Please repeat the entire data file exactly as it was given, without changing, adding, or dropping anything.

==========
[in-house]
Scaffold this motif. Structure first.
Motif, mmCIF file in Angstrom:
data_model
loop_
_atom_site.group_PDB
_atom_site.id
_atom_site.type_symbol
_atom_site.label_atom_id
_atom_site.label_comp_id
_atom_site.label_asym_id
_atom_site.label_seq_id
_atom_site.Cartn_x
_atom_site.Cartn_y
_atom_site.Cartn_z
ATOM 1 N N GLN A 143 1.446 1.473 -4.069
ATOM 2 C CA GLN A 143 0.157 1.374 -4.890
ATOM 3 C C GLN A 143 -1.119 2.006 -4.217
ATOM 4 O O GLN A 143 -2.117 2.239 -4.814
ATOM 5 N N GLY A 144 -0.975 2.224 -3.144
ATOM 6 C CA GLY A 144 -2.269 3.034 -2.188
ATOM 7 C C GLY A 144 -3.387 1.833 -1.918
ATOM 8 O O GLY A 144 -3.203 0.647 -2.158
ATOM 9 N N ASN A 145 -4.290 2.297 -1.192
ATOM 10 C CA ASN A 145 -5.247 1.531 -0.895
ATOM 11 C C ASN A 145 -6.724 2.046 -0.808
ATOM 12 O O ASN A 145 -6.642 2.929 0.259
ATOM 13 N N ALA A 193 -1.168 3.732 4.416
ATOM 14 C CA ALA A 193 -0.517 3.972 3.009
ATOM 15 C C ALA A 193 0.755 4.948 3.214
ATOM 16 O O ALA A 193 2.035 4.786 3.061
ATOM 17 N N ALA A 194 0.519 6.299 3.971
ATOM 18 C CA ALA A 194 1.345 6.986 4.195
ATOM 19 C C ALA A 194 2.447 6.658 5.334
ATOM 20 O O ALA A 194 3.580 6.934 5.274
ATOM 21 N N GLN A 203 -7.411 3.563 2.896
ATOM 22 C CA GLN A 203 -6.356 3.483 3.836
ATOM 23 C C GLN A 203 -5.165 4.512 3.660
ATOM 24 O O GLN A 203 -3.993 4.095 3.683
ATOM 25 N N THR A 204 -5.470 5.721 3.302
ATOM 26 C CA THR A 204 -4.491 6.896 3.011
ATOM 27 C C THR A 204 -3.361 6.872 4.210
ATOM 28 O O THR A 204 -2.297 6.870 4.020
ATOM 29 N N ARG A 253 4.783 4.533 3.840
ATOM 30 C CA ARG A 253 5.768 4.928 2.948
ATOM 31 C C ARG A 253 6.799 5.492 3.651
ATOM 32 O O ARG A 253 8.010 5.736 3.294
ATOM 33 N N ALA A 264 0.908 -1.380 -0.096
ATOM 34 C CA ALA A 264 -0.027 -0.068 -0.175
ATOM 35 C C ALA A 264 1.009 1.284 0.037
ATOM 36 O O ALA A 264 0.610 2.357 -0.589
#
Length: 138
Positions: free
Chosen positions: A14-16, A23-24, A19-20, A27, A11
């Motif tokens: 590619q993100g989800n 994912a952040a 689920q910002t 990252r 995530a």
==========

[in-house]
Scaffold this motif. Structure first.
Motif, mmCIF file in Angstrom:
data_model
loop_
_atom_site.group_PDB
_atom_site.id
_atom_site.type_symbol
_atom_site.label_atom_id
_atom_site.label_comp_id
_atom_site.label_asym_id
_atom_site.label_seq_id
_atom_site.Cartn_x
_atom_site.Cartn_y
_atom_site.Cartn_z
ATOM 1 N N GLN A 143 1.446 1.473 -4.069
ATOM 2 C CA GLN A 143 0.157 1.374 -4.890
ATOM 3 C C GLN A 143 -1.119 2.006 -4.217
ATOM 4 O O GLN A 143 -2.117 2.239 -4.814
ATOM 5 N N GLY A 144 -0.975 2.224 -3.144
ATOM 6 C CA GLY A 144 -2.269 3.034 -2.188
ATOM 7 C C GLY A 144 -3.387 1.833 -1.918
ATOM 8 O O GLY A 144 -3.203 0.647 -2.158
ATOM 9 N N ASN A 145 -4.290 2.297 -1.192
ATOM 10 C CA ASN A 145 -5.247 1.531 -0.895
ATOM 11 C C ASN A 145 -6.724 2.046 -0.808
ATOM 12 O O ASN A 145 -6.642 2.929 0.259
ATOM 13 N N ALA A 193 -1.168 3.732 4.416
ATOM 14 C CA ALA A 193 -0.517 3.972 3.009
ATOM 15 C C ALA A 193 0.755 4.948 3.214
ATOM 16 O O ALA A 193 2.035 4.786 3.061
ATOM 17 N N ALA A 194 0.519 6.299 3.971
ATOM 18 C CA ALA A 194 1.345 6.986 4.195
ATOM 19 C C ALA A 194 2.447 6.658 5.334
ATOM 20 O O ALA A 194 3.580 6.934 5.274
ATOM 21 N N GLN A 203 -7.411 3.563 2.896
ATOM 22 C CA GLN A 203 -6.356 3.483 3.836
ATOM 23 C C GLN A 203 -5.165 4.512 3.660
ATOM 24 O O GLN A 203 -3.993 4.095 3.683
ATOM 25 N N THR A 204 -5.470 5.721 3.302
ATOM 26 C CA THR A 204 -4.491 6.896 3.011
ATOM 27 C C THR A 204 -3.361 6.872 4.210
ATOM 28 O O THR A 204 -2.297 6.870 4.020
ATOM 29 N N ARG A 253 4.783 4.533 3.840
ATOM 30 C CA ARG A 253 5.768 4.928 2.948
ATOM 31 C C ARG A 253 6.799 5.492 3.651
ATOM 32 O O ARG A 253 8.010 5.736 3.294
ATOM 33 N N ALA A 264 0.908 -1.380 -0.096
ATOM 34 C CA ALA A 264 -0.027 -0.068 -0.175
ATOM 35 C C ALA A 264 1.009 1.284 0.037
ATOM 36 O O ALA A 264 0.610 2.357 -0.589
#
Length: 138
Positions: free
Chosen positions: A14-16, A23-24, A19-20, A27, A11
């Motif tokens: 590619q993100g989800n 994912a952040a 689920q910002t 990252r 995530a």